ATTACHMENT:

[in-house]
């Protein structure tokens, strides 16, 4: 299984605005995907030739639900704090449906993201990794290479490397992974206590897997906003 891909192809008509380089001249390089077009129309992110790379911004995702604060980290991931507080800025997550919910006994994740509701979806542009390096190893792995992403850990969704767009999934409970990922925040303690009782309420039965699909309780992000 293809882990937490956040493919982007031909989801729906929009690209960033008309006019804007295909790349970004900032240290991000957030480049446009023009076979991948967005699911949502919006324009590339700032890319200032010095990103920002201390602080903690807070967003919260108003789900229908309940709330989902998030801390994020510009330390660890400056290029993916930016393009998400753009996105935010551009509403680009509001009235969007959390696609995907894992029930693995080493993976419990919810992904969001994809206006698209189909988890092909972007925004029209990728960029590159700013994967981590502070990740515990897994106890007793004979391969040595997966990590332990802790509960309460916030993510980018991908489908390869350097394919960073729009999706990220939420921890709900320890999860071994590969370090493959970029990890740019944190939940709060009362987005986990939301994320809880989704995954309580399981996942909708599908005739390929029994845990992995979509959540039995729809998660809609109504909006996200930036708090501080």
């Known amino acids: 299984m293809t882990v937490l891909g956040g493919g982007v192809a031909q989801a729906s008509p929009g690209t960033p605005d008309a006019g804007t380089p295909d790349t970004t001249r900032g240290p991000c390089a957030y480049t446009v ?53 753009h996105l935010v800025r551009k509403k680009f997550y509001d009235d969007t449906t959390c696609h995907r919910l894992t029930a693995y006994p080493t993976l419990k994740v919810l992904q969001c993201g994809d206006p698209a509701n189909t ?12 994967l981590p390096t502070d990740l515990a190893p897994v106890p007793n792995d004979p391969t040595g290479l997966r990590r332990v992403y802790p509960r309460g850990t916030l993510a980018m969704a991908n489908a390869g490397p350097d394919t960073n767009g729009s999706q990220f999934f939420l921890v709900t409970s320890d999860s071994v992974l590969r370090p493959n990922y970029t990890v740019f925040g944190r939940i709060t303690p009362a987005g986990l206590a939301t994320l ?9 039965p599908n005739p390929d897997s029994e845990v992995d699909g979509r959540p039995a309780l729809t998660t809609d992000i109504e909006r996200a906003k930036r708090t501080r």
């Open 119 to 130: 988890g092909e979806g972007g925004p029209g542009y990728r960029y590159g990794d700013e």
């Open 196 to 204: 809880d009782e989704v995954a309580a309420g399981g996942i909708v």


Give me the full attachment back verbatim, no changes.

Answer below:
[in-house]
């Protein structure tokens, strides 16, 4: 299984605005995907030739639900704090449906993201990794290479490397992974206590897997906003 891909192809008509380089001249390089077009129309992110790379911004995702604060980290991931507080800025997550919910006994994740509701979806542009390096190893792995992403850990969704767009999934409970990922925040303690009782309420039965699909309780992000 293809882990937490956040493919982007031909989801729906929009690209960033008309006019804007295909790349970004900032240290991000957030480049446009023009076979991948967005699911949502919006324009590339700032890319200032010095990103920002201390602080903690807070967003919260108003789900229908309940709330989902998030801390994020510009330390660890400056290029993916930016393009998400753009996105935010551009509403680009509001009235969007959390696609995907894992029930693995080493993976419990919810992904969001994809206006698209189909988890092909972007925004029209990728960029590159700013994967981590502070990740515990897994106890007793004979391969040595997966990590332990802790509960309460916030993510980018991908489908390869350097394919960073729009999706990220939420921890709900320890999860071994590969370090493959970029990890740019944190939940709060009362987005986990939301994320809880989704995954309580399981996942909708599908005739390929029994845990992995979509959540039995729809998660809609109504909006996200930036708090501080």
């Known amino acids: 299984m293809t882990v937490l891909g956040g493919g982007v192809a031909q989801a729906s008509p929009g690209t960033p605005d008309a006019g804007t380089p295909d790349t970004t001249r900032g240290p991000c390089a957030y480049t446009v ?53 753009h996105l935010v800025r551009k509403k680009f997550y509001d009235d969007t449906t959390c696609h995907r919910l894992t029930a693995y006994p080493t993976l419990k994740v919810l992904q969001c993201g994809d206006p698209a509701n189909t ?12 994967l981590p390096t502070d990740l515990a190893p897994v106890p007793n792995d004979p391969t040595g290479l997966r990590r332990v992403y802790p509960r309460g850990t916030l993510a980018m969704a991908n489908a390869g490397p350097d394919t960073n767009g729009s999706q990220f999934f939420l921890v709900t409970s320890d999860s071994v992974l590969r370090p493959n990922y970029t990890v740019f925040g944190r939940i709060t303690p009362a987005g986990l206590a939301t994320l ?9 039965p599908n005739p390929d897997s029994e845990v992995d699909g979509r959540p039995a309780l729809t998660t809609d992000i109504e909006r996200a906003k930036r708090t501080r």
């Open 119 to 130: 988890g092909e979806g972007g925004p029209g542009y990728r960029y590159g990794d700013e």
């Open 196 to 204: 809880d009782e989704v995954a309580a309420g399981g996942i909708v």